// `PhpValue.FromClass` won't be necessary in future updates
        // for now it ensures the developer is aware of the casting
    }
}

PHP

Standard ASP.NET integration

This allows you to build PHP websites in .NET on ASP.NET/IIS really easily with no C# code behind it.
We already have a sample on how to build an ASP.NET Core WebSite in PHP (http://www.peachpie.io/getstarted). Its only drawback for me personally is that I have to code the web server and configure it by myself programatically. Sometimes I prefer the “old” way: the IIS Management Console and ASP.NET. Here, I can configure the entire web server in a `web.config` file in a declarative way and thus keep my website’s code clean. This is how the PHP website running on IIS+ASP.NET Integrated Pipeline would look like:

`Web.Config`:

<?xml version="1.0" encoding="UTF-8"?>
<configuration>
  <system.webServer>
    <handlers>
      <add name="PhpHandler" path="*.php" verb="*" type="Peachpie.RequestHandler.RequestHandler,Peachpie.RequestHandler" />
    </handlers>
  </system.webServer>
</configuration>

`phpweb.msbuildproj`:

<Project Sdk="Microsoft.NET.Sdk">
  <PropertyGroup Label="Globals">
    <ProjectGuid>0e51d101-0992-4aa6-a134-26ea3f2e3934</ProjectGuid>
  </PropertyGroup>
  <PropertyGroup>
    <TargetFramework>net46</TargetFramework>
	<OutDir>.\bin</OutDir>
  </PropertyGroup>
  <ItemGroup>
    <Compile Include="**/*.php" />
  </ItemGroup>
  <ItemGroup>
    <DotNetCliToolReference Include="Peachpie.Compiler.Tools" Version="0.8.0-*" />
    <PackageReference Include="Peachpie.NET.Sdk" Version="0.8.0-*" PrivateAssets="Build" />
    <PackageReference Include="Peachpie.RequestHandler" Version="0.8.0-*" />
  </ItemGroup>
</Project>

`Build the website`:

dotnet restore
dotnet build

The above procedure results in two things: all the PHP code in the project directory is compiled into bin/phpweb.dll and Peachpie.RequestHandler is set to be used as a handler for `*.php` files. The handler understands the compiled PHP code and responds by executing the appropriate script from the compiled assembly phpweb.dll.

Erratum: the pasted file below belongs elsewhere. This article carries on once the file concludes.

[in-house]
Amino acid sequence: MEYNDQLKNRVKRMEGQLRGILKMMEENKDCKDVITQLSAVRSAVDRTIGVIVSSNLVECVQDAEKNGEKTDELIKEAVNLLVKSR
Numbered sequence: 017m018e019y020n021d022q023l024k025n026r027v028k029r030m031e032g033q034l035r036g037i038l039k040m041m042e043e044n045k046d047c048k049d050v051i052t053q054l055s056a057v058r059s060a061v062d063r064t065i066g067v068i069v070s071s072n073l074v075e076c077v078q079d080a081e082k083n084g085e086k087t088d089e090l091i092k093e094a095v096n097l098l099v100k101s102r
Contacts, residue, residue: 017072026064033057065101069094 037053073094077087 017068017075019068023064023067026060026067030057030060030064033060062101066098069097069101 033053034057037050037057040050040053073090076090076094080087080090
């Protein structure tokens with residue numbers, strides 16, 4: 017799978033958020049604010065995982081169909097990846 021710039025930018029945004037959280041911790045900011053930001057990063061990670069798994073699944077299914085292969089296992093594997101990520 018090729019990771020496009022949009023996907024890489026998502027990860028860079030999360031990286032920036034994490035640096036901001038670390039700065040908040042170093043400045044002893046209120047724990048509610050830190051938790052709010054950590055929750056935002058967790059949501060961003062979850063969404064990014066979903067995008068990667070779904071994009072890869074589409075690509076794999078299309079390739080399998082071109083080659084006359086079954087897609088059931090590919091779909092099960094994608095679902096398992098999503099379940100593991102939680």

Casting Between .NET and PHP Types and More

More interoperability features are coming. We have already added some implicit cast operators, but this will change in the future. The goal is to make PHP code, despite the fact that it is so different, cooperate with .NET straightforwardly, with all the dynamic values converted seamlessly.

Note that we plan to support IDynamicMetaObjectProvider, as well. However, since the PHP runtime is based on an excessive use of value types to optimize the use of the Garbage Collector and memory, we are postponing the implementation of this interface for future work.

How to update

To update to the newest version of Peachpie in your existing projects, just specify the version as 0.8.0-* in your project file and call `dotnet restore`:

dotnet restore

Other News

In case you missed it, Peachpie has joined the .NET Foundation last week. Check out our article to understand what that means for the project or read the official announcement by Jon Galloway.

The legendary Scott Hanselman has also written a fantastic article about Peachpie on his blog and Microsoft MVP Gunnar Peipman has also written a tremendous tutorial on how to use Peachpie to run PHP applications on .NET Core. Both articles are definitely worth checking out.

We will write up a detailed blog post just about this topic, but it’s worth mentioning that we successfully managed to compile and run PHPUnit. We will use this in the future to prove the correctness of Peachpie-compiled applications.

Finally, we have also launched a brand new website for Peachpiestudio.com, where you will find commercial tooling and services around the Peachpie Compiler Platform in the coming months. Currently, we are keeping our VS Code extension there and we are working hard on an integration into the full Visual Studio IDE. Stay tuned for more news in this regard.

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Posted on August 9, 2017, in category Announcement, Information, News, tags: , , , , , , ,